I will let you know how it turns out. Thanks everybody for your advices.

Francesco

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camerashy
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Re: Prints on glossy paper turn out slightly dark
In reply to francesco from rome, Mar 23, 2013

Could you please explain how you are 'creating a profile for this monitor setting'

thanks

dave

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francesco from rome
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Re: Prints on glossy paper turn out slightly dark
In reply to camerashy, Mar 23, 2013

camerashy wrote:

Could you please explain how you are 'creating a profile for this monitor setting'

thanks

dave

Hi Dave,

I simply adjusted the brightness on the monitor (by directly pressing the buttons on the monitor, not via software) and then I calibrated again with the Huey pro.Please ask if you need other details, but it's really only this.

I am currently printing a bw print which I was not satisfied with: let's see if this time it will be better

I will add a brief story to give a warning to other who may try:

I actually calibrated with the colormunki, too. This is interesting, since it has an advanced mode where you can set the target brightness in cd/m^2. After calibration I inadvertently created a conflict with the Huey pro: since both devices tried to "gain control" of the profile, I had to disable one. Trouble is that the windows color management tool was confused, too, and continued to pop up a warning telling me that "the devices tab has been updated following a change in the hardware" (I am translating, the actual message was localized to italian). This was nasty but I fixed it, basically resetting to factory settings which cleared the confusion. Then I proceeded to calibrate with the huey pro and called it a day.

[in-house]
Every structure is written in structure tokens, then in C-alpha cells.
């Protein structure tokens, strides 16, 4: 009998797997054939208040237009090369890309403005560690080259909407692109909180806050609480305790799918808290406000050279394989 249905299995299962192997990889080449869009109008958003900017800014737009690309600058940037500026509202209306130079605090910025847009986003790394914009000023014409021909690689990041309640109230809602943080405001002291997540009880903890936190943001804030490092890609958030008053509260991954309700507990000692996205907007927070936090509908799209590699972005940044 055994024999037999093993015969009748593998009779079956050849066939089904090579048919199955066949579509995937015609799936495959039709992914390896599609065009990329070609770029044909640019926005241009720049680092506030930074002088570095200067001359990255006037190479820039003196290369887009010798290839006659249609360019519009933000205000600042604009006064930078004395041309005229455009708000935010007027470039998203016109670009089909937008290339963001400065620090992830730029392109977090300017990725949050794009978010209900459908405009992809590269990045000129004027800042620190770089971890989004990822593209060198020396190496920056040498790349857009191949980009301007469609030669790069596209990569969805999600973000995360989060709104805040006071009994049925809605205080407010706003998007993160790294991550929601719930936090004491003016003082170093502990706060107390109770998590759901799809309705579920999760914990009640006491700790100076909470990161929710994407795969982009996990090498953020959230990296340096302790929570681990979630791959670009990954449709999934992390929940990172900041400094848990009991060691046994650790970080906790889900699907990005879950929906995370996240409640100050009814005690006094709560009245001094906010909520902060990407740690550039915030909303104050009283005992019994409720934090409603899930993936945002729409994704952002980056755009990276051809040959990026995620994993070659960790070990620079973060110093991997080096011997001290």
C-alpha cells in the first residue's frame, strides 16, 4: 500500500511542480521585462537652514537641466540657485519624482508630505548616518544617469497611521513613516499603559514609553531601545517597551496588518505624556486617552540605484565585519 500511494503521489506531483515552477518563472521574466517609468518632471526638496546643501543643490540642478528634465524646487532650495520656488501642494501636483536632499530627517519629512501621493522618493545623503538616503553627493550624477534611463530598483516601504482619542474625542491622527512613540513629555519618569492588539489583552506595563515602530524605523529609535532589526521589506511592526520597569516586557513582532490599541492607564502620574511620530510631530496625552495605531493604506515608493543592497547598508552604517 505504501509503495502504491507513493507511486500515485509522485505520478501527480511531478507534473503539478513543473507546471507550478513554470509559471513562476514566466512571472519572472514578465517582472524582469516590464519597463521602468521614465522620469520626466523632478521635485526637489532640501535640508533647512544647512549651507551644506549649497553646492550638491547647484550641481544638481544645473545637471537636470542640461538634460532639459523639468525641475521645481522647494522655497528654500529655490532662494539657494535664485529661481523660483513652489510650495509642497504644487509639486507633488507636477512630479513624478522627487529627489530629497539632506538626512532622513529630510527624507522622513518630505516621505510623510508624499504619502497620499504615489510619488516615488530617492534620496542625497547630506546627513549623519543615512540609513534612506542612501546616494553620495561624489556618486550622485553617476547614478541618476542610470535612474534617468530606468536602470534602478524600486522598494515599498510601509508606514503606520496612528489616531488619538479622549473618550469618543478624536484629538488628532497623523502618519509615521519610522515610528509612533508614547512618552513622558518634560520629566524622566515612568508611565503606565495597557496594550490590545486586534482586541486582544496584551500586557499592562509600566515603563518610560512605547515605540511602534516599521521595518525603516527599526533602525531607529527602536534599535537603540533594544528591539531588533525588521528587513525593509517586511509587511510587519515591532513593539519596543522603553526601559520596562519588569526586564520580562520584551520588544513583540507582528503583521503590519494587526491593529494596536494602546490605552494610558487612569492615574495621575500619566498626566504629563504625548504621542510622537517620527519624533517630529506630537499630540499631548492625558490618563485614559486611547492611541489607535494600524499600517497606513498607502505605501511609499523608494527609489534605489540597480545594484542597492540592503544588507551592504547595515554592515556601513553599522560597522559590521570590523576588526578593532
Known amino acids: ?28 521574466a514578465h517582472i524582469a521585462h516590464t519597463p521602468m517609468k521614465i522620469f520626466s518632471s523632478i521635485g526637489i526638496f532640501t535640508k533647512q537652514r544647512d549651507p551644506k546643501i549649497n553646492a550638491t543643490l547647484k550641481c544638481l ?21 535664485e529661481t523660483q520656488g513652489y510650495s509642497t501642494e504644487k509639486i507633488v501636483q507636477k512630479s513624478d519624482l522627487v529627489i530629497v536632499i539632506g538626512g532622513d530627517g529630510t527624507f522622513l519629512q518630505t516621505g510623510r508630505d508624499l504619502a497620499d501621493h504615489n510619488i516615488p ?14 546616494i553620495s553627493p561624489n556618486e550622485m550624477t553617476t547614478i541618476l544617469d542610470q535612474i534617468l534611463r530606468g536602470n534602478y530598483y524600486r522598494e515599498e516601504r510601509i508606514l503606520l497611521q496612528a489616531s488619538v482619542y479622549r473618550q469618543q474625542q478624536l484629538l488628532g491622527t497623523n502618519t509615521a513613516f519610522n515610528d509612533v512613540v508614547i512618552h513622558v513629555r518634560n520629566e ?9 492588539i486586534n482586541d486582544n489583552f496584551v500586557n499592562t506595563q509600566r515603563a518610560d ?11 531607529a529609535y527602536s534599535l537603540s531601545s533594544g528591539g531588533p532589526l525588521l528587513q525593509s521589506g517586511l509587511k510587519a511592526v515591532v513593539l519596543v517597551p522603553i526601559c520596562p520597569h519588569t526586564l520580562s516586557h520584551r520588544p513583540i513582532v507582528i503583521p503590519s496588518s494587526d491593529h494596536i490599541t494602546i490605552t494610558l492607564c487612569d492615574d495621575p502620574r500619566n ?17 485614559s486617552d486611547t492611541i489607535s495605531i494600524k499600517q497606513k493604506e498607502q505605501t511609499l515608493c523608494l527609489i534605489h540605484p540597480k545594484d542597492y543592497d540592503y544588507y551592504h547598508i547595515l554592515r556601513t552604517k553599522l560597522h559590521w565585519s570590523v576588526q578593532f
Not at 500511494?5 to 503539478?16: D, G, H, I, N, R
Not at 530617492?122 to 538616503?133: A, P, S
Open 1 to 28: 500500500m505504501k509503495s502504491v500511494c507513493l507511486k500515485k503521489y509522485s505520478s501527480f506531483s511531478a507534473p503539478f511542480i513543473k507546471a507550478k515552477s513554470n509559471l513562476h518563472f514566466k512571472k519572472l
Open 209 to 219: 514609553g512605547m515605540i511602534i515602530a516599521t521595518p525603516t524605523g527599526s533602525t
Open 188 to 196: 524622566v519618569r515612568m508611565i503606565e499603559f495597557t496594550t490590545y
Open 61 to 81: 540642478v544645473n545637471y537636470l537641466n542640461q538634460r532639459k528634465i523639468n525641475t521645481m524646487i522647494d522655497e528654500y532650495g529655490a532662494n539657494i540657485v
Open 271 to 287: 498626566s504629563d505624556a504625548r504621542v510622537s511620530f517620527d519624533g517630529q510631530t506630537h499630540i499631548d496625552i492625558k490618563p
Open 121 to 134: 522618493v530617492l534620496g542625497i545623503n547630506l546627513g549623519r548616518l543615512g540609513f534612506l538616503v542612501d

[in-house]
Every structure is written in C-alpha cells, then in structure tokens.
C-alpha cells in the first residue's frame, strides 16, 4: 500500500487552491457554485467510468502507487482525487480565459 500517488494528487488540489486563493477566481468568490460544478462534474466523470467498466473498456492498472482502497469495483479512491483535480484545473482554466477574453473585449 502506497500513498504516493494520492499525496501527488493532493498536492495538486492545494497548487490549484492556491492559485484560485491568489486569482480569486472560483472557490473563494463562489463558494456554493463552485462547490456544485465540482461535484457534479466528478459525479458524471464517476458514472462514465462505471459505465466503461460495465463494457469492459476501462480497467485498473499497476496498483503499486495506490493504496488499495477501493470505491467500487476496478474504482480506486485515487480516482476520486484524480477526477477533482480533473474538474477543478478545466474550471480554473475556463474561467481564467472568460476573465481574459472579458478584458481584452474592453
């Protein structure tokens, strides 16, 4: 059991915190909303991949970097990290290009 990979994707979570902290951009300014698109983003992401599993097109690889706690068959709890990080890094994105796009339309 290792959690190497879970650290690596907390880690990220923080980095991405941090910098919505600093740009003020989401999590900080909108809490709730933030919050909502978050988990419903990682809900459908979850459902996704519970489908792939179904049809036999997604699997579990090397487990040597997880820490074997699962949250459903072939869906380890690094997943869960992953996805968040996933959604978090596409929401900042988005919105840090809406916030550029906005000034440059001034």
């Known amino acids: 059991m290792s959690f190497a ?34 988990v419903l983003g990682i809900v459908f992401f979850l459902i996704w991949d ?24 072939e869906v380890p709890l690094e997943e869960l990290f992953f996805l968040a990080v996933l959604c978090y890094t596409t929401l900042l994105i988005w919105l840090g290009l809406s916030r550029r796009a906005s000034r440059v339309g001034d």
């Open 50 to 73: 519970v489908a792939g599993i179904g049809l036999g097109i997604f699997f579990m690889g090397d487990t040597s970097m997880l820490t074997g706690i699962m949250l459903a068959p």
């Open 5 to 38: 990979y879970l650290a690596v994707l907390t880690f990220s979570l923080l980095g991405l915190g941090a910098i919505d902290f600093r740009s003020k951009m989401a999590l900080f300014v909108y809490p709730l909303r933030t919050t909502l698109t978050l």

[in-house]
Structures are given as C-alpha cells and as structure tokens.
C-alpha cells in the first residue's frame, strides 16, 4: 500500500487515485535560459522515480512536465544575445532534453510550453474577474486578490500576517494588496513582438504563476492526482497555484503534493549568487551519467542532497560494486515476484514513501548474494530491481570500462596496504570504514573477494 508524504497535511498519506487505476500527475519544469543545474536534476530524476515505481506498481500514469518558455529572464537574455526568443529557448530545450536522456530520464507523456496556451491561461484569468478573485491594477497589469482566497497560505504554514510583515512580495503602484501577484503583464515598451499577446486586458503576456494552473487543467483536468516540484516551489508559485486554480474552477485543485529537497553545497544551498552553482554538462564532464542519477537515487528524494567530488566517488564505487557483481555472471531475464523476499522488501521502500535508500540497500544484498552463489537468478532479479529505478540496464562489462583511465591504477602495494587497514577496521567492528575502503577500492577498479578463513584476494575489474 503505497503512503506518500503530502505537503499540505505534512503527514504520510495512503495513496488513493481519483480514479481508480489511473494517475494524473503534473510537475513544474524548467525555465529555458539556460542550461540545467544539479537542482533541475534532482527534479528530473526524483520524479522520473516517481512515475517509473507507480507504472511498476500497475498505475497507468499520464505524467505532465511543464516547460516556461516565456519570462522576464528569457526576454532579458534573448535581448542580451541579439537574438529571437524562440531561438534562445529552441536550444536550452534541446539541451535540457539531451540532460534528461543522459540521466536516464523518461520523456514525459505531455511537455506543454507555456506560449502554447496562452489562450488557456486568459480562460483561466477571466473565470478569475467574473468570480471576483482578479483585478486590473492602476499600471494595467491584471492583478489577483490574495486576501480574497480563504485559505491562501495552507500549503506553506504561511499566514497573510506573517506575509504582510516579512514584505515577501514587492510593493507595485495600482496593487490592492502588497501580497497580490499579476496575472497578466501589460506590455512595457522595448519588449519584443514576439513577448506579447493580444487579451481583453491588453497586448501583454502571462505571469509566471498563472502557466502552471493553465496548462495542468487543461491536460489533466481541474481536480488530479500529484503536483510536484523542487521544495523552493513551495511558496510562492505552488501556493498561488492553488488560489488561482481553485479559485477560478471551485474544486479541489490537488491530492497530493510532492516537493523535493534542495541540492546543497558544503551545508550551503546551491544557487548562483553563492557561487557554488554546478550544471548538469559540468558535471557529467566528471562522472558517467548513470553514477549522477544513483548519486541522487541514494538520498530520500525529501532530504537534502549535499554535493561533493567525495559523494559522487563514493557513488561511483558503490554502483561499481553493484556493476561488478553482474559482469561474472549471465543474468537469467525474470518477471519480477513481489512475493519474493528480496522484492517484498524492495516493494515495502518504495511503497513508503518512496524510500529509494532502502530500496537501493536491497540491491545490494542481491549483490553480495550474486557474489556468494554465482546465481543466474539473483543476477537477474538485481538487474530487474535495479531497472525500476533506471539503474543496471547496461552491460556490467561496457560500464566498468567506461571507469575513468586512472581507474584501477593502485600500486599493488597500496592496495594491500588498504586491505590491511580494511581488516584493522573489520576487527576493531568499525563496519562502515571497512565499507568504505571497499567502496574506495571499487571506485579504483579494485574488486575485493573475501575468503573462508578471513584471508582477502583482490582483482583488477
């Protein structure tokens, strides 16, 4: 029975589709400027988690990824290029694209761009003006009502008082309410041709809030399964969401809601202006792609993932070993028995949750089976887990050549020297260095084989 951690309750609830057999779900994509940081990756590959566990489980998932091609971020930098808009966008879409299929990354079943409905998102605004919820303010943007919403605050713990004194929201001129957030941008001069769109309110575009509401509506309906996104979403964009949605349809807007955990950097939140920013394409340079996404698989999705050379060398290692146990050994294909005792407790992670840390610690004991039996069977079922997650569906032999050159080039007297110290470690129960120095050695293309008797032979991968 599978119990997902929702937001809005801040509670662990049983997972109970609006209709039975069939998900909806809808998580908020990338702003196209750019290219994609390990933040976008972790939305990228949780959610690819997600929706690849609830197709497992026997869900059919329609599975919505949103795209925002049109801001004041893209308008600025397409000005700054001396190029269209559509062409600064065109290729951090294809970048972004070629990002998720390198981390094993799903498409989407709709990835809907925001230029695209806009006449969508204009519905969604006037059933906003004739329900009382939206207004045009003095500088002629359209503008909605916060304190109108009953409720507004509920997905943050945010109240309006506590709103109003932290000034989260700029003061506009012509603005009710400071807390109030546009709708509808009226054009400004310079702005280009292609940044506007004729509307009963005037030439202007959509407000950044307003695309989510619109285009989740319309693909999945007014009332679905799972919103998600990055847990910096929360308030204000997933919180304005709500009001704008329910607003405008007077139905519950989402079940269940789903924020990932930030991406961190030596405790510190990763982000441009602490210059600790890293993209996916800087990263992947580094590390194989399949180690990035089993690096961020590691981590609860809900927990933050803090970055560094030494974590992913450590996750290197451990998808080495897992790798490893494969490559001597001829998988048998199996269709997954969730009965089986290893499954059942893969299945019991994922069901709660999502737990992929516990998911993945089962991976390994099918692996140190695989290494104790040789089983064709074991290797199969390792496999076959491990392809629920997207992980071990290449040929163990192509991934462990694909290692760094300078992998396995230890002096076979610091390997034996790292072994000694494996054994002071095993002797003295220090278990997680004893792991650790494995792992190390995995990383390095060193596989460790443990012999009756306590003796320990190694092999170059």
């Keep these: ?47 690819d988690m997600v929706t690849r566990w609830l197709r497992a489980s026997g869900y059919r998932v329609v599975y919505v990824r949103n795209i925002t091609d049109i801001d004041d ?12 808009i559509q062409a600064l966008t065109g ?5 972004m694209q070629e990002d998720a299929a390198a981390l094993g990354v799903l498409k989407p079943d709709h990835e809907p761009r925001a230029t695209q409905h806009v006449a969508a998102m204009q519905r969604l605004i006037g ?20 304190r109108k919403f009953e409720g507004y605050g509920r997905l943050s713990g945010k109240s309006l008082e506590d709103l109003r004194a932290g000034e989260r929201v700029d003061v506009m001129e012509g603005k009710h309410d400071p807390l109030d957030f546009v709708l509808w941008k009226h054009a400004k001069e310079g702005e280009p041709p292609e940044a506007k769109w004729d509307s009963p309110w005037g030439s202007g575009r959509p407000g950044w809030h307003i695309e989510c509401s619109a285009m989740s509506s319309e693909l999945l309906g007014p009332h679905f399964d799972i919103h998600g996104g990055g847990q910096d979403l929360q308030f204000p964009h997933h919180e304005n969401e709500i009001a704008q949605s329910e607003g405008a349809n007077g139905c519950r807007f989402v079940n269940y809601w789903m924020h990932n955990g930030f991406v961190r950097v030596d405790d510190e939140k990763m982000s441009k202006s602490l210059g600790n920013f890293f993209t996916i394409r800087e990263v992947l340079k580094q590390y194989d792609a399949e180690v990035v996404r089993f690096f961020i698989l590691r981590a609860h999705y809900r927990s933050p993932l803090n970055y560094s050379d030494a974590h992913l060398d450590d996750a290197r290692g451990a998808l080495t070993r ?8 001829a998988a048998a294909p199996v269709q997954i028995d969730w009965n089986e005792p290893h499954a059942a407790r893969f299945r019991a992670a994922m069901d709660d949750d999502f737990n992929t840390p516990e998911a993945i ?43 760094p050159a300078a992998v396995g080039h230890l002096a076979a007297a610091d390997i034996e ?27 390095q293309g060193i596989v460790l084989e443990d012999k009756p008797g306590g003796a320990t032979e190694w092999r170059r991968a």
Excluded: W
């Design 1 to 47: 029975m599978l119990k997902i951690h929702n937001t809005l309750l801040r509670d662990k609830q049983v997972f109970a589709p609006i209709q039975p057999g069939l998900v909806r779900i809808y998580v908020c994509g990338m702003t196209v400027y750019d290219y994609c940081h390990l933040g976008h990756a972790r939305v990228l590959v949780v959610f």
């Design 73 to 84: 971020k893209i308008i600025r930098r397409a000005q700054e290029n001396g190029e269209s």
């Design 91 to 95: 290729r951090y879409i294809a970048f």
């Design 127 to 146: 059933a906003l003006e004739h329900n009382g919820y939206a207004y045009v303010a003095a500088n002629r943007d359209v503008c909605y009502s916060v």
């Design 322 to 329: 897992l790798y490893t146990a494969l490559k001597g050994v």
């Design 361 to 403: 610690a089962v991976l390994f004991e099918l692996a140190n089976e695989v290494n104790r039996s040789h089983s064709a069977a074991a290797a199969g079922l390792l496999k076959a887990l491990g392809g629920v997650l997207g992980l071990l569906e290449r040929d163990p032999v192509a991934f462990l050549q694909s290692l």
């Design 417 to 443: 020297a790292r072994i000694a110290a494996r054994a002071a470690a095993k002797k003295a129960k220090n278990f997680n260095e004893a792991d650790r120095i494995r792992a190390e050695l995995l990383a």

Francesco

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John Crawley
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Re: Prints on glossy paper turn out slightly dark
In reply to francesco from rome, Mar 25, 2013

I have found that on glossy paper (and now especially on metallic papers) I have to raise the luminance level for a print output by about 1 f stop. I keep my finished picture in file as I like it on the monitor (which, btw, has been carefully adjusted.) Then I make a printing copy and give it an f stop more value of light. When it prints it usually then looks like the image on the monitor from the original. I then place the output on my computer into a file called "Printed Images" so If I ever want to come back to them, I have the right file. I also make a notation in their name as to what kind of paper they had been printed on....that will make a difference in output as well.